Image differences between European cars and American cars
As stated by George Bernard Shaw, Britain and America are two countries separated by a common language. This may be the case but having lived in America for five years there are some noticeable differences, one of which is the types of vehicles that are driven.
Even when talking about the vehicles there are lots of differences, with words like the bonnet (hood), boot (trunk) or the estate car (station wagon), not even thinking about driving on the wrong side of the road and steering a right-hand car.
Most Europeans drive manual cars whilst Americans have a preference for automatics. The style of cars are also very different, American cars tend to be larger and more square because size and appearance matters in the States. Americans have a fondness for muscle cars such as the Mustang, as well as pick-up trucks for example the F-150. Both of these vehicles are rarely if ever seen in Europe. Europeans tend to prefer smaller, rounder cars such as the Smart ForFour. These are much more practical in the busy urban environments where parking is limited and roads are narrow.
The American obsession with pickup trucks is something not many Europeans understand. These huge vehicles that do minimum miles per gallon aren’t practical in Europe but in America they are used to haul things, load up the bed of the truck for work use and also to be ‘cool’. The younger generation that drive trucks use them as a symbol of hyper masculinity ‘I’m a big man, I’m strong, I drive a truck’. They then tend to be lifted four inches and have another $10,000 put in to them for accessories. The bigger the better! The older, working generation uses the truck for more practical uses such as hauling a boat or driving along country roads.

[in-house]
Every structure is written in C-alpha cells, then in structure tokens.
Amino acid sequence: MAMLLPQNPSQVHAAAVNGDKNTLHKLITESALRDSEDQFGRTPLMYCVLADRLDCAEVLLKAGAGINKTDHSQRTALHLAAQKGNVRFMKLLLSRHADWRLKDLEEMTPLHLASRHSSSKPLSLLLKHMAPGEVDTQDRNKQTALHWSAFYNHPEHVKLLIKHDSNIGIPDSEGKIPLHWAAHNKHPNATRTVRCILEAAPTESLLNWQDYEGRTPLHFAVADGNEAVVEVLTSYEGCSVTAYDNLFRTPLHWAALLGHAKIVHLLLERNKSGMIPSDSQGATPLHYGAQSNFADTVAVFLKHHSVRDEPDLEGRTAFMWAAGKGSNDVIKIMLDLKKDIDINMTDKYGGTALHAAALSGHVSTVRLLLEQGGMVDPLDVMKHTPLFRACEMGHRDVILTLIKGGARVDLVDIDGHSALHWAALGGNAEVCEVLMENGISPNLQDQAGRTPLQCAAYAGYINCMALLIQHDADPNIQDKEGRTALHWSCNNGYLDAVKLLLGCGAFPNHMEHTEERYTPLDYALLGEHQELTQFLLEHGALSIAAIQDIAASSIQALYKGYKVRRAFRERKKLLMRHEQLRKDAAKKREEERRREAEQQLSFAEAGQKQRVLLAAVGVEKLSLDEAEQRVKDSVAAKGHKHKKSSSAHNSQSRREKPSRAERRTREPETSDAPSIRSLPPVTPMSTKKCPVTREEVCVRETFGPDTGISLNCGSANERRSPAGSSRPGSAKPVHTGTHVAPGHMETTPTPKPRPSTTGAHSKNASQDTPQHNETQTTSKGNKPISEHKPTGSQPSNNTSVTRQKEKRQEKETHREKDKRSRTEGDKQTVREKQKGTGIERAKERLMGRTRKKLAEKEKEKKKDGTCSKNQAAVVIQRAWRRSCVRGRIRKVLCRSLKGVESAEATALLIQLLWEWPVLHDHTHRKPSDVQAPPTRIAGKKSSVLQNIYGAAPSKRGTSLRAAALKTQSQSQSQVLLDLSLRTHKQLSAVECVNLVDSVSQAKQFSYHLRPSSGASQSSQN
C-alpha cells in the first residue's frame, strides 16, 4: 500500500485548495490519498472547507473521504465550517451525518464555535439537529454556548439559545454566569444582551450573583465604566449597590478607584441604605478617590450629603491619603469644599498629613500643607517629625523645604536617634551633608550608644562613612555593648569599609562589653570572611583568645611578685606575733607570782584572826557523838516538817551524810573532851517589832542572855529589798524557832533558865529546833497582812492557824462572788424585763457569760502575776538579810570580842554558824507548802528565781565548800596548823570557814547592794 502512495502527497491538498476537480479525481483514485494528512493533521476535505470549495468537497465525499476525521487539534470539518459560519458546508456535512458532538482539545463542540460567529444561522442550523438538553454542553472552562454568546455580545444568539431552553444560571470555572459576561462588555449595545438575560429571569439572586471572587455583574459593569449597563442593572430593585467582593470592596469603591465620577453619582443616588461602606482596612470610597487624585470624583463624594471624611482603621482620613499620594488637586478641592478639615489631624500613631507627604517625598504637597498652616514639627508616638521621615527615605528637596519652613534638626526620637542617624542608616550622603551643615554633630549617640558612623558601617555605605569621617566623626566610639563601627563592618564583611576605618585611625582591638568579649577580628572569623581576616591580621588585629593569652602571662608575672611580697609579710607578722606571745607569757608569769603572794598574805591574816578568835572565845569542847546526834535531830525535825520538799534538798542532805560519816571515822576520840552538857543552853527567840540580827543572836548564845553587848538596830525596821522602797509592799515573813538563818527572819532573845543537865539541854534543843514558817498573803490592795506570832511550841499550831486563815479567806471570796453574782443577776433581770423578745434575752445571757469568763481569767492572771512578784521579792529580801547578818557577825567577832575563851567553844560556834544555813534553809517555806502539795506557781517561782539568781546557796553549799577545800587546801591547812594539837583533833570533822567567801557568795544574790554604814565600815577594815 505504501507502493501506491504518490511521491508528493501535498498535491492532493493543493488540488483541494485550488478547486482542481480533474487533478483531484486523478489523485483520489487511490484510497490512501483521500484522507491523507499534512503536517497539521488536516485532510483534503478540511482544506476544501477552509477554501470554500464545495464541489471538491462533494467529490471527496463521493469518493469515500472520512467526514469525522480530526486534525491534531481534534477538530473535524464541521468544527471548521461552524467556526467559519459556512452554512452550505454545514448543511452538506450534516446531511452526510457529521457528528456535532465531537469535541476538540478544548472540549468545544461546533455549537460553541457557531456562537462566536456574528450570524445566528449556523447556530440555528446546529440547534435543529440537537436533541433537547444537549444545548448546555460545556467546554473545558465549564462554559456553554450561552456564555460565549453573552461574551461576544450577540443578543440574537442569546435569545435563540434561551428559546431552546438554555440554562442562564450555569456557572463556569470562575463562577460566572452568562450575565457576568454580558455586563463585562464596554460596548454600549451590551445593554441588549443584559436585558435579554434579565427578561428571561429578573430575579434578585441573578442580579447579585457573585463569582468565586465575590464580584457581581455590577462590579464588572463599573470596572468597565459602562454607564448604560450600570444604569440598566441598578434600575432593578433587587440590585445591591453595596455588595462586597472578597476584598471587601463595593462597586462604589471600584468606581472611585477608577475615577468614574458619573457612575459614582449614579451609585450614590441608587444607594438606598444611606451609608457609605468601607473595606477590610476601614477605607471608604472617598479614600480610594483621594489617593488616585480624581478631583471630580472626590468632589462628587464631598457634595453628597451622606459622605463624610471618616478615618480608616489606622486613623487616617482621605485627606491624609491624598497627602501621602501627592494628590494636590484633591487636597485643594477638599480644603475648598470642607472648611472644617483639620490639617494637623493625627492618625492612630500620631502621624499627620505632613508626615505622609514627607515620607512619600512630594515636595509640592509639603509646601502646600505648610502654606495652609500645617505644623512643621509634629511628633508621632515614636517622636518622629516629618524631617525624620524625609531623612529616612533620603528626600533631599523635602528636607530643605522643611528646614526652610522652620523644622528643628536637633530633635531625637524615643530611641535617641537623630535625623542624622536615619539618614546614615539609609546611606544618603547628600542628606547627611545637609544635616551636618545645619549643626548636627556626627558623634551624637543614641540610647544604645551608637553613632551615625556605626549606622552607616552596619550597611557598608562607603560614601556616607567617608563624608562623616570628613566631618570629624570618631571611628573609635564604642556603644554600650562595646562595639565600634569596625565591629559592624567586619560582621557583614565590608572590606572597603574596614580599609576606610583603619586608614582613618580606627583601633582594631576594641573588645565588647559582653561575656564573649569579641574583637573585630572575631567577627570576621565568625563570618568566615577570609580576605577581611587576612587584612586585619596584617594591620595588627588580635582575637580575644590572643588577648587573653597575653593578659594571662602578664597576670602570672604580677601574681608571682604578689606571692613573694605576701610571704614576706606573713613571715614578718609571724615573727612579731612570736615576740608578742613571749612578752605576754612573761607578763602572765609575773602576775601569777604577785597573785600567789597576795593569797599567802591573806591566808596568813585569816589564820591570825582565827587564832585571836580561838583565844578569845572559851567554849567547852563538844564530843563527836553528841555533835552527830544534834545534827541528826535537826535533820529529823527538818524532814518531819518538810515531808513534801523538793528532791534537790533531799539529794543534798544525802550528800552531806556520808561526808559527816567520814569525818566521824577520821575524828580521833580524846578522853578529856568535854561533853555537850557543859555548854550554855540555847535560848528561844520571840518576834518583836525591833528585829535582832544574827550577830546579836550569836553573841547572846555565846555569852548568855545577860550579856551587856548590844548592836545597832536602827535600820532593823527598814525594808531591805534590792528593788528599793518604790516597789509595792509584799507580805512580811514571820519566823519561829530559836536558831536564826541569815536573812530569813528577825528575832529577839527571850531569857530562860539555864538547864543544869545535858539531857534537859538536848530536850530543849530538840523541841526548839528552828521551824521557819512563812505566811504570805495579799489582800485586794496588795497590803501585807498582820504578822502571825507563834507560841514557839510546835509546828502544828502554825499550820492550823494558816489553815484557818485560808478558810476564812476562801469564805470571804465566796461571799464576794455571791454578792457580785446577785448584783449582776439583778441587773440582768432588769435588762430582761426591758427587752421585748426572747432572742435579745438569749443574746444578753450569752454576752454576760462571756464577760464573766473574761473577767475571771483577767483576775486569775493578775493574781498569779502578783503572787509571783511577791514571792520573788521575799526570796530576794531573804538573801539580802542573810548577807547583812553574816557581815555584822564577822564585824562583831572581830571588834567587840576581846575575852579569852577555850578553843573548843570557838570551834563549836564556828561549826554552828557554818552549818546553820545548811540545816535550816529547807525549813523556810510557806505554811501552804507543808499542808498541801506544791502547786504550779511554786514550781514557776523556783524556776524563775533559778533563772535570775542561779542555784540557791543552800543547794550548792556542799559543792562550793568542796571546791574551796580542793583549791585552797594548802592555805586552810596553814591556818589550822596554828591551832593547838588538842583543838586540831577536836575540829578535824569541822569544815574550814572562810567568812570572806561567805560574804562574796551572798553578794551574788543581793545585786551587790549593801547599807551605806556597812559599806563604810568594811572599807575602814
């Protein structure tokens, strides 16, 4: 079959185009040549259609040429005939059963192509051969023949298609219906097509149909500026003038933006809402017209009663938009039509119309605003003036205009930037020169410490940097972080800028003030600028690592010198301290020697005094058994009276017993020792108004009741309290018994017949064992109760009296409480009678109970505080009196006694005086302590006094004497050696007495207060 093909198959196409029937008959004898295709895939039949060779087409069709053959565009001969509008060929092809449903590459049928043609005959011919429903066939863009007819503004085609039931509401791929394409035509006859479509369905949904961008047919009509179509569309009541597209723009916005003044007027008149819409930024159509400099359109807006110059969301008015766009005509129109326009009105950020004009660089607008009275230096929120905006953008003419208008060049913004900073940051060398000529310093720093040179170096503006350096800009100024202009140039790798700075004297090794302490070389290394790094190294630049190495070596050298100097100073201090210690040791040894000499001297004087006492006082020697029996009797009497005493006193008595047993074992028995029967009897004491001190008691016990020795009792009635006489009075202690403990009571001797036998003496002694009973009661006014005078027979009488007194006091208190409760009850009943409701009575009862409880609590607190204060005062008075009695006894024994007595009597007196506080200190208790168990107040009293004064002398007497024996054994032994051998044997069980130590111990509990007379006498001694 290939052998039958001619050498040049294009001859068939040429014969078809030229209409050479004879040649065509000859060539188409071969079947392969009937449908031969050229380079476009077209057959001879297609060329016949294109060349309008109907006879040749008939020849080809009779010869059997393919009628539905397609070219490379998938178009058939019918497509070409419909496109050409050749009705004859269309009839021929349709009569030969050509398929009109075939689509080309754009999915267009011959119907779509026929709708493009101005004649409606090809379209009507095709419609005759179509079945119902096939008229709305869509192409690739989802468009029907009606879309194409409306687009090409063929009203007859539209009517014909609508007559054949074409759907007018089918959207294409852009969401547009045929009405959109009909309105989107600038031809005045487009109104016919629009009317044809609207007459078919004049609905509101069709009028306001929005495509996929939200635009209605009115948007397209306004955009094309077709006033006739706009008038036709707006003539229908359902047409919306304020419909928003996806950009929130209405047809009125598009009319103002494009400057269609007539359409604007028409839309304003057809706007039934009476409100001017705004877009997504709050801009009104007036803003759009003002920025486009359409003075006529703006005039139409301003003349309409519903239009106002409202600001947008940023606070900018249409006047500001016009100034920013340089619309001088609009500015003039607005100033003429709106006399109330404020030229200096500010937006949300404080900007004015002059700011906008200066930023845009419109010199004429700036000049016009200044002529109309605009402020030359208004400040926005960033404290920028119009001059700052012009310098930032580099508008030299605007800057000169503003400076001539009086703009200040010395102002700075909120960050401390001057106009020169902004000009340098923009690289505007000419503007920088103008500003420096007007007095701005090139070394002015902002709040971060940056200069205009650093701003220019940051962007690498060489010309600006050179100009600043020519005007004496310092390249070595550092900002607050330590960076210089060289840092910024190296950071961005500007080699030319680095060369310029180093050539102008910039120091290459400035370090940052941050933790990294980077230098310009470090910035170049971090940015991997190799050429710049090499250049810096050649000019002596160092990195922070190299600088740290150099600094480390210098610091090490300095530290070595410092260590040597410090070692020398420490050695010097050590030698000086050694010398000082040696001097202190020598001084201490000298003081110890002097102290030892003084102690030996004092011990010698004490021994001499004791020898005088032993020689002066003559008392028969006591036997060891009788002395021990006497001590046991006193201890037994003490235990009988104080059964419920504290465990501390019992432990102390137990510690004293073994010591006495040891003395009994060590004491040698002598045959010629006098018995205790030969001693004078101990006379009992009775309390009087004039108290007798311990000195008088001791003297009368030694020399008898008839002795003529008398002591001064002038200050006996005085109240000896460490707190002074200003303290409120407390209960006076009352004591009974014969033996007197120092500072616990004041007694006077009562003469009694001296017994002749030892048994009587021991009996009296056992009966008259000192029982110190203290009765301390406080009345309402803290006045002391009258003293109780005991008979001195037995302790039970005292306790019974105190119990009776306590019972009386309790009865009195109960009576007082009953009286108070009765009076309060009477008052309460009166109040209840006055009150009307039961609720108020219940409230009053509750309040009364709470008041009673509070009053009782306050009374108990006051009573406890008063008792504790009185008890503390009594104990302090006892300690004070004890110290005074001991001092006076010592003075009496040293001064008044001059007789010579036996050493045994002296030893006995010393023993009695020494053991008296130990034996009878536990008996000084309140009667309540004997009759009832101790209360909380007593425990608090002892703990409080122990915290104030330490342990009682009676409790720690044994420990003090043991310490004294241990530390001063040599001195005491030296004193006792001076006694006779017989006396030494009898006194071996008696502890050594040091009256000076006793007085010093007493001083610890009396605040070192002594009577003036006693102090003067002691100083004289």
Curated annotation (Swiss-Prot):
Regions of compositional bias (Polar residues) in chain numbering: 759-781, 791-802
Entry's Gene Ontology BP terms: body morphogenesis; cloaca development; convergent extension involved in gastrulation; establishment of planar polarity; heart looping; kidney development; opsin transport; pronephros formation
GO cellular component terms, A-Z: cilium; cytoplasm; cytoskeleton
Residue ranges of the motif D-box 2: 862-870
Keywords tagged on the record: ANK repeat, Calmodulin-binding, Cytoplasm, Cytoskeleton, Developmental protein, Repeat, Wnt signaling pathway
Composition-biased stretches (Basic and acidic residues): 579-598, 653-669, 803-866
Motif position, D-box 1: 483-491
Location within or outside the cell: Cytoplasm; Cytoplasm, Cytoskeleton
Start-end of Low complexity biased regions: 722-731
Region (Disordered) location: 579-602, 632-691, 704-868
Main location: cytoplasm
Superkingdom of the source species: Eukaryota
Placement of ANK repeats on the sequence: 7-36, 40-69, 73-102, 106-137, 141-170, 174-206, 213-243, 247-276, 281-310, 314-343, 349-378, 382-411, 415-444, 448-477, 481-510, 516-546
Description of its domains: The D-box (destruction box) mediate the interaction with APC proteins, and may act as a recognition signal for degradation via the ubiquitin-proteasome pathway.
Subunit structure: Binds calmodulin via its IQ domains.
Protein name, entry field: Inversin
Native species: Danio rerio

In Europe however cars are very different; the roads are smaller and rarely straight so a smaller car is easier to manoeuvre. Also the distances people travel is shorter so there is no need for a comfy cruiser, all they need a car for is to quickly get from A to B. Possibly the biggest factor is the price of fuel, they are a lot higher in Europe compared to America so the miles per gallon is very important to the European, the higher the better which is why cars are marketed on their efficiency. According to globalpetrolprices.com the price of fuel in the United States on 4th July 2016 was £0.51 per litre whereas in England it was £1.12. There also isn’t the idea to impress by driving a bigger better car like there is in America, Europeans just want a car to reach a destination quickly and efficiently, they don’t have to show off and impress.
In the US I drove a Ford Focus 2.0 manual which was quite a step up from the Ford Ka in the UK and fellow US students were amazed at my choice and the economical 35 mpg. I happily drove my car knowing that economy was music to a student living on a budget.